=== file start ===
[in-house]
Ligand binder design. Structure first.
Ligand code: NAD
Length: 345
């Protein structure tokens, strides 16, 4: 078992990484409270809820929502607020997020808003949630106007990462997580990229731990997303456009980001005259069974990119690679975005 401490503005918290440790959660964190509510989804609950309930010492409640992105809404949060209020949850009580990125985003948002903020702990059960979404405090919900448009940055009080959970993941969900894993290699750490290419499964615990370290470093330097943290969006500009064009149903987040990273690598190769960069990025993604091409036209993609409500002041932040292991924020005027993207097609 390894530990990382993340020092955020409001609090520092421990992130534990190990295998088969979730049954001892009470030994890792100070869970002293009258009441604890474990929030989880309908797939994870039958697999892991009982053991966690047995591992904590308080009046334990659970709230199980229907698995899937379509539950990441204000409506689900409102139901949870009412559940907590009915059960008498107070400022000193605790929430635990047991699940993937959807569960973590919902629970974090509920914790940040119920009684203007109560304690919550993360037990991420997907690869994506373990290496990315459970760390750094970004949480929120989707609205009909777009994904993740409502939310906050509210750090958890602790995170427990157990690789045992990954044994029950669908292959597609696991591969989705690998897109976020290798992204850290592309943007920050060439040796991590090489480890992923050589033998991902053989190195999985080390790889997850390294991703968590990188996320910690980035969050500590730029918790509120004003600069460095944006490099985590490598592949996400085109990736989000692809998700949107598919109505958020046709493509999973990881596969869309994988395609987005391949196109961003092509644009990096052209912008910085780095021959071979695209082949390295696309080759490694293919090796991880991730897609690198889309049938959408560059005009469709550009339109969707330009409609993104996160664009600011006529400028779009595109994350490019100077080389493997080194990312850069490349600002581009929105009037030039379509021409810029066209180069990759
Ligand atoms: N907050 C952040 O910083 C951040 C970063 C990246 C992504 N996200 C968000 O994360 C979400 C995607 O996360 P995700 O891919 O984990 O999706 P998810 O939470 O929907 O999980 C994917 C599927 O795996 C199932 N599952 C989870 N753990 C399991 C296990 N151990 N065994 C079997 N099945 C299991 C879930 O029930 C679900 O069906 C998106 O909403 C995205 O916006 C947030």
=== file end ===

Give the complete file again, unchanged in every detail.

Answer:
[in-house]
Ligand binder design. Structure first.
Ligand code: NAD
Length: 345
């Protein structure tokens, strides 16, 4: 078992990484409270809820929502607020997020808003949630106007990462997580990229731990997303456009980001005259069974990119690679975005 401490503005918290440790959660964190509510989804609950309930010492409640992105809404949060209020949850009580990125985003948002903020702990059960979404405090919900448009940055009080959970993941969900894993290699750490290419499964615990370290470093330097943290969006500009064009149903987040990273690598190769960069990025993604091409036209993609409500002041932040292991924020005027993207097609 390894530990990382993340020092955020409001609090520092421990992130534990190990295998088969979730049954001892009470030994890792100070869970002293009258009441604890474990929030989880309908797939994870039958697999892991009982053991966690047995591992904590308080009046334990659970709230199980229907698995899937379509539950990441204000409506689900409102139901949870009412559940907590009915059960008498107070400022000193605790929430635990047991699940993937959807569960973590919902629970974090509920914790940040119920009684203007109560304690919550993360037990991420997907690869994506373990290496990315459970760390750094970004949480929120989707609205009909777009994904993740409502939310906050509210750090958890602790995170427990157990690789045992990954044994029950669908292959597609696991591969989705690998897109976020290798992204850290592309943007920050060439040796991590090489480890992923050589033998991902053989190195999985080390790889997850390294991703968590990188996320910690980035969050500590730029918790509120004003600069460095944006490099985590490598592949996400085109990736989000692809998700949107598919109505958020046709493509999973990881596969869309994988395609987005391949196109961003092509644009990096052209912008910085780095021959071979695209082949390295696309080759490694293919090796991880991730897609690198889309049938959408560059005009469709550009339109969707330009409609993104996160664009600011006529400028779009595109994350490019100077080389493997080194990312850069490349600002581009929105009037030039379509021409810029066209180069990759
Ligand atoms: N907050 C952040 O910083 C951040 C970063 C990246 C992504 N996200 C968000 O994360 C979400 C995607 O996360 P995700 O891919 O984990 O999706 P998810 O939470 O929907 O999980 C994917 C599927 O795996 C199932 N599952 C989870 N753990 C399991 C296990 N151990 N065994 C079997 N099945 C299991 C879930 O029930 C679900 O069906 C998106 O909403 C995205 O916006 C947030």